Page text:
15. The Rev. Seaborn Cotton2 (John1), was born Aug. 12, 1633, and died in 1696. He graduated from Harvard College in 1651 and was ordained at Hampton, N.H. in 1660. He married first on June 14, 1654 to [13.] Dorothy Bradstreet, daughter of Gov. Bradstreet, and granddaughter of Gov. Thomas Dudley. She died Feb. 26, 1671. They had 9 children.
On July 7, 1673, the Rev. Seaborn Cotton married Prudence Crosby. They had 2 children.
Children of Seaborn and Dorothy (BRADSTREET) COTTON:
|i.||Dorothy Cotton, b. 1656|
|ii.||John Cotton, b. 1658|
|iii.||Sarah Cotton, b. 1660|
|iv.||Ann Cotton, b. 1661|
|v.||Sarah Cotton, b. 1663|
|vi.||Elizabeth Cotton, b. 1665|
|25.||vii.||*Mercy Cotton, b. 1666, m. Capt. Peter Tufts|
|viii.||Abiah Cotton, b. 1669|
Children of Seaborn and Prudence (CROSBY) COTTON:
|i.||Rowland Cotton, b. 1674|
|ii.||Wade Cotton, b. 1676|
26. Peter Tufts was born in England about 1616, immigrated from Wilby, Norfolk, England to Charlestown,
Massachusetts where he is recorded in 1637 "on the Malden side (of Charlestown)".
He kept the Malden Ferry with his brother-in law, William Bridge in 1646-7,
became ferryman on the Mystic River, succeeding Philip Drinker in that role. This ferry, later known as
the Penny Ferry, served the inhabitants of Malden and the upper towns until 1787 when it was superseded
by the Malden Bridge. By 1647 Peter had located in Malden, Massachusetts where he was one of the earliest
and largest land owners; he also owned land in Charlestown (Somerville), Medford, Malden and Everett.
He married Mary Pierce, a daughter of Thomas and Elizabeth Pierce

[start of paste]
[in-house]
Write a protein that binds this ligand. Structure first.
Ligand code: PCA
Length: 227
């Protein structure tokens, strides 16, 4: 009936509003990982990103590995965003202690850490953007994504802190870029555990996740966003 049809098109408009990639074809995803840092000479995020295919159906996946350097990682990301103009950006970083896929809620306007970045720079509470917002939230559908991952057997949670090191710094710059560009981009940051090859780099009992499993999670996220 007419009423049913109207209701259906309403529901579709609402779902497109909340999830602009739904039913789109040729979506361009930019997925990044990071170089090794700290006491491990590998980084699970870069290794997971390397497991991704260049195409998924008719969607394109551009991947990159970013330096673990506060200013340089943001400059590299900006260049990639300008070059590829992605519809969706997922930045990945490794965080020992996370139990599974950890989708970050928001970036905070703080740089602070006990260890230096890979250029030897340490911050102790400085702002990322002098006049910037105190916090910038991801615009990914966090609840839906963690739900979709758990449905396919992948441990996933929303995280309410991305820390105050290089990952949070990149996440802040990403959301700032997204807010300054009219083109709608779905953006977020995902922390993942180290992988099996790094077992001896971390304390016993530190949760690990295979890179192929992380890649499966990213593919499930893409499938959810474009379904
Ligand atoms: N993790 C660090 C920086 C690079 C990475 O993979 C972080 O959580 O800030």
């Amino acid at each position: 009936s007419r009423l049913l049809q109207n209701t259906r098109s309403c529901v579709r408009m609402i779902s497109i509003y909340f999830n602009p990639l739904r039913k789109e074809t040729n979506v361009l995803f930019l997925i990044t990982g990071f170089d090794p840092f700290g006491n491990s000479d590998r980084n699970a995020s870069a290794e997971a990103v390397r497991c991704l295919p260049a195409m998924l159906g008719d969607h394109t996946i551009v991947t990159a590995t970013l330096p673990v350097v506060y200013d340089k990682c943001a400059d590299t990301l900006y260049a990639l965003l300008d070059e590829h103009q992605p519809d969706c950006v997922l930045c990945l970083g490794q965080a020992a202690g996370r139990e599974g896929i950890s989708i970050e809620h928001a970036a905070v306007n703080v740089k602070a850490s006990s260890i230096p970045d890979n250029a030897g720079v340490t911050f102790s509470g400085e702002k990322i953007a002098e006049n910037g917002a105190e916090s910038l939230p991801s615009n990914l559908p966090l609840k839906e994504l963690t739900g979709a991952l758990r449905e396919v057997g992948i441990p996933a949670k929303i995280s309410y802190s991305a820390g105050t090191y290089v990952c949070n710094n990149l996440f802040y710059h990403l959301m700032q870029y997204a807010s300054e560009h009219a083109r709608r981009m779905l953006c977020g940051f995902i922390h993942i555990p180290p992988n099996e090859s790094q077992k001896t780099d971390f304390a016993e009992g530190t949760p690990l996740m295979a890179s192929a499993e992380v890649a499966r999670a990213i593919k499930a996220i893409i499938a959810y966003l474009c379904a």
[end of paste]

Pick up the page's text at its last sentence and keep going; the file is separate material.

of Charlestown. She died Jan. 10, 1702-3, age 75 yrs. He died 13 May 1700, age 83 yrs.
[From Wikipedia;] The Peter Tufts House is a Colonial American house located at 350 Riverside Avenue, Medford, Massachusetts. It is thought to have been built about 1678. Some historians consider it to be the oldest all-brick house in the United States. The house was built by early settler Peter Tufts, whose descendant Charles Tufts would later donate land for the campus of Tufts University.
Their gravestones in Bell Rock Cemetery, Malden, were in excellent condition when this was written.
Children of Peter and Mary (PIERCE) TUFTS:
|27.||i.||*Peter Tufts, b. 1648, m. Mercy Cotton|
|iii.||John Tufts, b. 1653|
|iv.||Mary Tufts, b. 1655|
|v.||Jonathan Tufts, b. 1657 d. 1658|
|vi.||Jonathan Tufts, b. 1659|
|vii.||Elizabeth Tufts, b. 1660|
|viii.||John Tufts, b. 1664|
|ix.||Mercy Tufts, b 1668|
|x.||Sarah Tufts, b.1669|
|xi.||Persis Tufts, d. 1683|
|xii.||Lydia Tufts, d. 1683|
GOV. Thomas HINCKLEY
28. Thomas Hinckley2, eldest son of Samuel1, and Sarah Soule, was born in Kenterdam, England in 1618, and died in Barnstable, Apr. 25, 1706. He played a conspicuous part in colonial affairs, a representative to the "General Court" in 1647, assistant to the Governor in 1680, and served as Governor of the Plymouth Colony from 1681 to 1692. He married (1), Mary Richards, daughter of Thomas Richards of Weymouth, Dec. 6. 1641. She died June 24, 1659. Thomas Hinckley married (2) Mary Glover (nee Smith), 15 March 1659.
Children of Thomas and Mary(RICHARDS) HINCKLEY:
|i.||Mary Hinckley, b. 1644|
|ii.||Sarah Hinckley, b. 1646|
|iii.||Melatiah Hinckley, b. 1648|
|iv.||Hannah Hinckley, b. 1650|
|29.||v.||*Samuel Hinckley, b. 1652|
|vi.||Thomas Hinckley, b. 1654|
|vii.||Bathsheba Hinckley, b. 1657|
|viii.||Mehitable Hinckley, b. 1659|
Children of Thomas and Mary (GLOVER) HINCKLEY:
|i.||Admire Hinckley, b. 1661, died 2 weeks later.|
|ii.||Ebenezer Hinckley, b. 1661-2, died 2 weeks later.|
|iii.||Mercy Hinckley, b. 1662-3|
|iv.||Experience Hinckley, b. 1664|
|v.||John Hinckley, b.1667|
|vi.||Abigail Hinckley, b. 1669|
|vii.||Thankful Hinckley, b. 1671|
|viii.||Ebenezer Hinckley, b. 1673|
|ix.||Reliance Hinckley, b. 1675|
Gov. Thomas Hinckley was deputy of Plymouth Colony in 1645; representative at the "General Court" in 1647; Magistrate and assistant 1658-1680; Governor 1680-1687. One of his children, [29.] Samuel Hinckley (whose mother was Mary Richards), is a direct ancestor of President George W. Bush, as well as an ancestor of the former president of the Church of Jesus Christ of Latter-day Saints, Gordon B. Hinckley.